Last week I wrote about attending the Tulsa premier of A Place at the Table. The film and the discussion that followed raised so many important issues I decided to write a two-part report. My previous post focused on the film. This second installment will focus on the discussion that followed.
A Place at the Table opened at the Circle Cinema on March 8th, and was followed by a panel discussion featuring three local advocates. These three local experts were:
- Eileen Bradshaw, Executive Director of the Community Food Bank of Eastern Oklahoma.
- Jan Figart, Associate Director of the Community Service Council; and
- Rev. Ron Robinson, Director of A Third Place, a grassroots organization serving neighborhoods in North Tulsa and Turley;
For a little over an hour, an audience crowded the lobby of the theater as panelists talked about the local story. The conversation brought home the fact that hunger is a disturbingly local problem. Despite the continuing efforts of local organizations, the panelists were not there to report they were meeting all the needs of their clients – they were there to tell us the need is still greater than their resources. Here are just a few of the important points the panelist covered:
- Oklahoma is Among the Leaders in U.S. Hunger: The panel began with facts about hunger in our city and our state, and
if you visit the Community Food Bank’s “Hunger Fact” pageit presents a similar foundation of relevent facts about food insecurity (The “Hunger Fact” webpage is no longer available. You can visit Feeding America’s Map the Meal Gap and click on Oklahoma for relevent information instead.) Here are two quick indicators that Oklahoma has a problem with hunger: 1) In 2011, the USDA ranked Oklahoma fourth in the nation in food insecurity; and 2) One in four Oklahomans, that’s 880,939 people, reported relying on SNAP benefits to supplement their grocery budget in 2011, according to a Tulsa World article.
- Food Deserts are a problem in Tulsa: A food desert is a populated area, typically a low-income neighborhood, whose residents lack access to affordable, nutritious, fresh food. Low-income families often face transportation barriers, which makes living in an area with no nearby grocery stores an obstacle to a healthy diet. These areas exist here in Tulsa, as evidenced by the USDA’s Food Access Research Map. (Just type 74130 or 74126 in the search field to locate and zoom in on the area served by A Third Place). In a food desert, options for food are often limited to convenience stores, fast food and food pantries which do not offer an affordable, balanced diet.
- Meeting people where they are: Effective programs bring food into communities for easy access. One way local volunteers bring food directly to people in need is by filling backpacks for kids to take home from school, using supplies donated by our local food bank. The Community Food Bank of Eastern Oklahoma also supplies 450 partners across 24 counties who distribute food in local communities. A Third Place operates the Welcome Table Community Center; located in Turley, an unincorporated town five miles north of downtown Tulsa. Their services include a “Corner Store,” which provides an experience that resembles shopping at a local store as opposed to visiting a typical food pantry. Of course, linking people to their closest resources is also essential. So one of the many services provided by the Community Service Council is the 2-1-1 Helpline. This helpline connects families in 37 Eastern Oklahoma counties with local resources that assist with food, clothing, housing, employment and other needs. However, getting fresh food to hungry families continues to be a problem because organizations do not always have the delivery capacity for timely transport of perishable foods.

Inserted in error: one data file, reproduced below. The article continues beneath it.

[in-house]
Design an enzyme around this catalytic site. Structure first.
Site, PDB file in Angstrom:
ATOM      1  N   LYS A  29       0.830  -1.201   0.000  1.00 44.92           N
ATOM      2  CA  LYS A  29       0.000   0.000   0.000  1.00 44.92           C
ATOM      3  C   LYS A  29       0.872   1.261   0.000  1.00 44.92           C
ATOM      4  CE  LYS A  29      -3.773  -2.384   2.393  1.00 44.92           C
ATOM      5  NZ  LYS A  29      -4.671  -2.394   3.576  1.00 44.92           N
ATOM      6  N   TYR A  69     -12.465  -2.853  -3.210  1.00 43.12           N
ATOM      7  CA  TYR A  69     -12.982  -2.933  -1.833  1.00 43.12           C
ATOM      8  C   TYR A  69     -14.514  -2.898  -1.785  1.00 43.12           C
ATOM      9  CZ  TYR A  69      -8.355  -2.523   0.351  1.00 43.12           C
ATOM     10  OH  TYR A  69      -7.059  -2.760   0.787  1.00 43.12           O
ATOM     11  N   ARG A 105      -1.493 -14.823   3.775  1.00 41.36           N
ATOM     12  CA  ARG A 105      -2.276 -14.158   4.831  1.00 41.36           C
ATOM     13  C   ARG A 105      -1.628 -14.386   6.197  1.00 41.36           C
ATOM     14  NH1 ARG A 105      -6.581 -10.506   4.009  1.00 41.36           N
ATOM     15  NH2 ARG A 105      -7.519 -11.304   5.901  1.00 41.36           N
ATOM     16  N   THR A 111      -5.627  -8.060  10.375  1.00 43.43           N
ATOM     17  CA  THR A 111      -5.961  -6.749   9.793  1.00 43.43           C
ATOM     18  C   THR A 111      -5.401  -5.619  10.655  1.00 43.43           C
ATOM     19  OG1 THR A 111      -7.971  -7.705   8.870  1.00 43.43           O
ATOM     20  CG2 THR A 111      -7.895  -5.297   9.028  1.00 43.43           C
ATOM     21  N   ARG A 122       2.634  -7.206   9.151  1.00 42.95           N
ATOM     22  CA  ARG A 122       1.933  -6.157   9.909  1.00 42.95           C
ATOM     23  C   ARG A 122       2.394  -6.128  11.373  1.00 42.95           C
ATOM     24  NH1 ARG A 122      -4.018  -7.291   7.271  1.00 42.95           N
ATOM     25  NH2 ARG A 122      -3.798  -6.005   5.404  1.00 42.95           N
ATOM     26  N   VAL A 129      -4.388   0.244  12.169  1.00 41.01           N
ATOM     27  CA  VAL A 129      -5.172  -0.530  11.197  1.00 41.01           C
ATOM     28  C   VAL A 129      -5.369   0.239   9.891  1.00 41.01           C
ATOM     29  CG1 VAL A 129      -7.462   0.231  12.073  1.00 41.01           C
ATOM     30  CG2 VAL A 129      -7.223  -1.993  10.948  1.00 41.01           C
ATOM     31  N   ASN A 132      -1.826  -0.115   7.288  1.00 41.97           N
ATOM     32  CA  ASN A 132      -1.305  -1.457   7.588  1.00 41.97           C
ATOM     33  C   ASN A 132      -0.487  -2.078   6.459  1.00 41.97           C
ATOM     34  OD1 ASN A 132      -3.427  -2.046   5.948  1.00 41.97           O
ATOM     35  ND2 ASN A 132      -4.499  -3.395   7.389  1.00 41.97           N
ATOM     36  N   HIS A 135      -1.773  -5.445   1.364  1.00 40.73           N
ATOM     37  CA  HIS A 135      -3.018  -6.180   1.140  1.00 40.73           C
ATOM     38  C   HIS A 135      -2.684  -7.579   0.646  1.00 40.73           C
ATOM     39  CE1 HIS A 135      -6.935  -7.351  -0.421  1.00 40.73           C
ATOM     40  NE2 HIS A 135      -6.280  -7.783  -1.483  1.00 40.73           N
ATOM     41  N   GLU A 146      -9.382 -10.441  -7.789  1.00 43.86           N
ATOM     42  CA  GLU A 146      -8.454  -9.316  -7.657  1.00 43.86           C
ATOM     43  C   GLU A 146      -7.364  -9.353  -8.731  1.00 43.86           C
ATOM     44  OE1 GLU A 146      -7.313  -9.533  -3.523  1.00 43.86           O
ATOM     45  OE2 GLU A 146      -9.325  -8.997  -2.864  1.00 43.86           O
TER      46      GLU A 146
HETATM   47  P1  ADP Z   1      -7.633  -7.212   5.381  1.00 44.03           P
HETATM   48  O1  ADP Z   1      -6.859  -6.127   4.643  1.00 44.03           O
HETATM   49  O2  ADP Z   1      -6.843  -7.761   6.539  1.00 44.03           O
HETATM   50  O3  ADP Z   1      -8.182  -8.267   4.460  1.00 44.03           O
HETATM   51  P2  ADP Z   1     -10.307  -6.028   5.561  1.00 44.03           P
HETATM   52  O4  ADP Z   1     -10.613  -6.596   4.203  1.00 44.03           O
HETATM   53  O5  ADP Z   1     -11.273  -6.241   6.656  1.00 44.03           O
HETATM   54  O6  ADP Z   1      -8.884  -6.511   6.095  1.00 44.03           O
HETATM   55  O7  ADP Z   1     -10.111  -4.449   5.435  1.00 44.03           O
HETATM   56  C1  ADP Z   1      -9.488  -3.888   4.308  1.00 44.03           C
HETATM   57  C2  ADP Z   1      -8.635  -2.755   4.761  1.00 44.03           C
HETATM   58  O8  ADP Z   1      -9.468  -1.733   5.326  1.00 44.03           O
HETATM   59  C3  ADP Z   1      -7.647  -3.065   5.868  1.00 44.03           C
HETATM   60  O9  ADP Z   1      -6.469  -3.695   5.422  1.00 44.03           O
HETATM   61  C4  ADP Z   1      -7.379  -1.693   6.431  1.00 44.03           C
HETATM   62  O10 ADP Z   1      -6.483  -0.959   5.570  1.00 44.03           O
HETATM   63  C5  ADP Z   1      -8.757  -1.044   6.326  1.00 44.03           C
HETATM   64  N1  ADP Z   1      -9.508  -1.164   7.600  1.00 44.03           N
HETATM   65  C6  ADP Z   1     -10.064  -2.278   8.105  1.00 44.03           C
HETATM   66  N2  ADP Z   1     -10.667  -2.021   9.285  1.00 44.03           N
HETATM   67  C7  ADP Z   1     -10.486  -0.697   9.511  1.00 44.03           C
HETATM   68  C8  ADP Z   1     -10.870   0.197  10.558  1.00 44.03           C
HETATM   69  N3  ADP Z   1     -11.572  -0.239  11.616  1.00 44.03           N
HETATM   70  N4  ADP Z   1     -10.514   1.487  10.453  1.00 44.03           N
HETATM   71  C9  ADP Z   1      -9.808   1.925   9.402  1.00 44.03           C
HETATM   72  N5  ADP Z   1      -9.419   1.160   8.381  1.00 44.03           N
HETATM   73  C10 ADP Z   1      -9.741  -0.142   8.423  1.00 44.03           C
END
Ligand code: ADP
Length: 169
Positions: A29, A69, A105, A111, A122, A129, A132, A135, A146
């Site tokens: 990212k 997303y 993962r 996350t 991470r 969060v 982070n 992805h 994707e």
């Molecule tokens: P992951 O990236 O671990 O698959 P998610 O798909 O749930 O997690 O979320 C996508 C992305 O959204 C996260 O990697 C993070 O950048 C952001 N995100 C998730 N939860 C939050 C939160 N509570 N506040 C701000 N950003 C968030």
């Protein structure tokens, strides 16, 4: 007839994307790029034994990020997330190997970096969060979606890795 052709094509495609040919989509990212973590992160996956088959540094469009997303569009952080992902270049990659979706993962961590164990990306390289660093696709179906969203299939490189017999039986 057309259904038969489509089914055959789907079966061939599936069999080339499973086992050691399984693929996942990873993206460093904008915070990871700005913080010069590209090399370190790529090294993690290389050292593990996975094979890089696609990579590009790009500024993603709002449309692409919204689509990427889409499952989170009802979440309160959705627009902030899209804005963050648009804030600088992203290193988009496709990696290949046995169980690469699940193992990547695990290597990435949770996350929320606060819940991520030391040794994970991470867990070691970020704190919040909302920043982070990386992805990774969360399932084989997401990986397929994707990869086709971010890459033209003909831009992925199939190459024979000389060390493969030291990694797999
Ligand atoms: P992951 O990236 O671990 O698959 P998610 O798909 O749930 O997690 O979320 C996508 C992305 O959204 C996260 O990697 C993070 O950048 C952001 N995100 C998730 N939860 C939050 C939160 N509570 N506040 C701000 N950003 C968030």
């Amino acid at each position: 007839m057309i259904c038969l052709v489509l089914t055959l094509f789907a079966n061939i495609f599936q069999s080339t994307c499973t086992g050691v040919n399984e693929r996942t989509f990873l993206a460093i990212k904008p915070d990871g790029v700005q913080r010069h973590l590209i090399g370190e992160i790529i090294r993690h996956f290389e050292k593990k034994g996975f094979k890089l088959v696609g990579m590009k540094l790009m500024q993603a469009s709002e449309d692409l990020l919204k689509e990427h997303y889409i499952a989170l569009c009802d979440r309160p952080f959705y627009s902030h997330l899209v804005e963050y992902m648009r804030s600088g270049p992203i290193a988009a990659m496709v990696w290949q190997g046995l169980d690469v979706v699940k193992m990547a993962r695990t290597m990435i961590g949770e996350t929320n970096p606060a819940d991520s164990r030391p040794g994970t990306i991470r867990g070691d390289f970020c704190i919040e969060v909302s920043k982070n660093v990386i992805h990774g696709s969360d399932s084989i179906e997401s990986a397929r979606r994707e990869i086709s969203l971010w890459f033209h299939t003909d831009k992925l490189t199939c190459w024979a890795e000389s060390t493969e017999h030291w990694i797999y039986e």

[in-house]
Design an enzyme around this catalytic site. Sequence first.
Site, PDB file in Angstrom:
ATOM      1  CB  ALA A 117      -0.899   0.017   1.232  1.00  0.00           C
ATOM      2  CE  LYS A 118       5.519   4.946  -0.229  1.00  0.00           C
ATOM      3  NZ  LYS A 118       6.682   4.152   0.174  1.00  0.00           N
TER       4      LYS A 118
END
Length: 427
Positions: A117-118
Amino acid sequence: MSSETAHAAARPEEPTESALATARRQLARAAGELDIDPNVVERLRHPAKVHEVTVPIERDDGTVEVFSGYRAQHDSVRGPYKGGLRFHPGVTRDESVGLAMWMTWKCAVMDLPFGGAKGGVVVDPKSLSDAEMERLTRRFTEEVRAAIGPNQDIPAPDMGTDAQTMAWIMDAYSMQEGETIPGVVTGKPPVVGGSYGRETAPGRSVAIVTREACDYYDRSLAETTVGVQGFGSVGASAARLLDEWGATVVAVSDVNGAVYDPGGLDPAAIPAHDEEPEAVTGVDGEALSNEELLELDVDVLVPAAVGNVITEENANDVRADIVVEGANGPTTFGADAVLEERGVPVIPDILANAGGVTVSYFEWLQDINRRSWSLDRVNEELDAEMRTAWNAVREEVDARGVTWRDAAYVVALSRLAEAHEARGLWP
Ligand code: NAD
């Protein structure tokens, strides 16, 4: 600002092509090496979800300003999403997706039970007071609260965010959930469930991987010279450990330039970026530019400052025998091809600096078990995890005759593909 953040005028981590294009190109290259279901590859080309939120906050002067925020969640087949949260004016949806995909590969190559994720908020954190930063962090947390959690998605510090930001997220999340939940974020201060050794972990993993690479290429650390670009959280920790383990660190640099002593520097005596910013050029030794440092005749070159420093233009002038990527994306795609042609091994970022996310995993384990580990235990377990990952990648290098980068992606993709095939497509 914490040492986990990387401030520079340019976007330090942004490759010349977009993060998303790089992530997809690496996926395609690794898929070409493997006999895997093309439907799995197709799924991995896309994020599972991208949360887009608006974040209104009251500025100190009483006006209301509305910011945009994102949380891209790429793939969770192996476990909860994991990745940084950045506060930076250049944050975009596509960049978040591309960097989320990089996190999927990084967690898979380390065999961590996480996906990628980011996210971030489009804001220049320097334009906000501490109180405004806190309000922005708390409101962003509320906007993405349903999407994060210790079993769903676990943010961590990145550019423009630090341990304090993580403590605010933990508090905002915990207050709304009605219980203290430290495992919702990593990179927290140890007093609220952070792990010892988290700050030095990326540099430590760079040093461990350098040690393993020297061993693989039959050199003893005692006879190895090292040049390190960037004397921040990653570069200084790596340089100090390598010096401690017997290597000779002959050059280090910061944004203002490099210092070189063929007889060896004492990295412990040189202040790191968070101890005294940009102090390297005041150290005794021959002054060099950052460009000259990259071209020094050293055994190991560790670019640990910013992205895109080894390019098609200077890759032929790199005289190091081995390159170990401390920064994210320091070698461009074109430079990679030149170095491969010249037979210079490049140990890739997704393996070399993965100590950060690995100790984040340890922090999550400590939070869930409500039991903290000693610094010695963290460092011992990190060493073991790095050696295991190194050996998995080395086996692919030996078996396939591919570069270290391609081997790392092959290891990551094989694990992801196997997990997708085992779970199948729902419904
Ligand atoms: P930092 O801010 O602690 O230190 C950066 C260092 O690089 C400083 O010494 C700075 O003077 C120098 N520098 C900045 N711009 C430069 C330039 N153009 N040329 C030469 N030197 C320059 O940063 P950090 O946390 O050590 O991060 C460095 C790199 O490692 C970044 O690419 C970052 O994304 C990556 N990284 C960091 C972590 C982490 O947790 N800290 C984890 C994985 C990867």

- “Growing your own garden is like printing your own money”: I have to credit Ron Robinson for driving this point home. Gardening is one of the creative ways local groups are tackling the problem of low access to fruits and vegetables. The Community Food Bank has a garden and A Third Place has also planted a community garden, as well as an orchard. As one of the panelist pointed out, SNAP benefits can be used to buy seeds. So organizations are teaching people to grow small gardens of their own to supplement their budget. (Check out the USDA’s page on using SNAP to fund a garden) Yet, like so many good ideas, gardening is only a partial solution. Gardens are a seasonal resource whose size and scope can’t be expected to fill all the needs of hungry families year round.
As both the panel of speakers and the film point out, charitable food donations are an emergency measure, never designed to substitute for effective government policy. While there are countless volunteers and a number of charitable organizations working on this problem, there is still a role for government to play, without which there can be no long-term success in the war against hunger.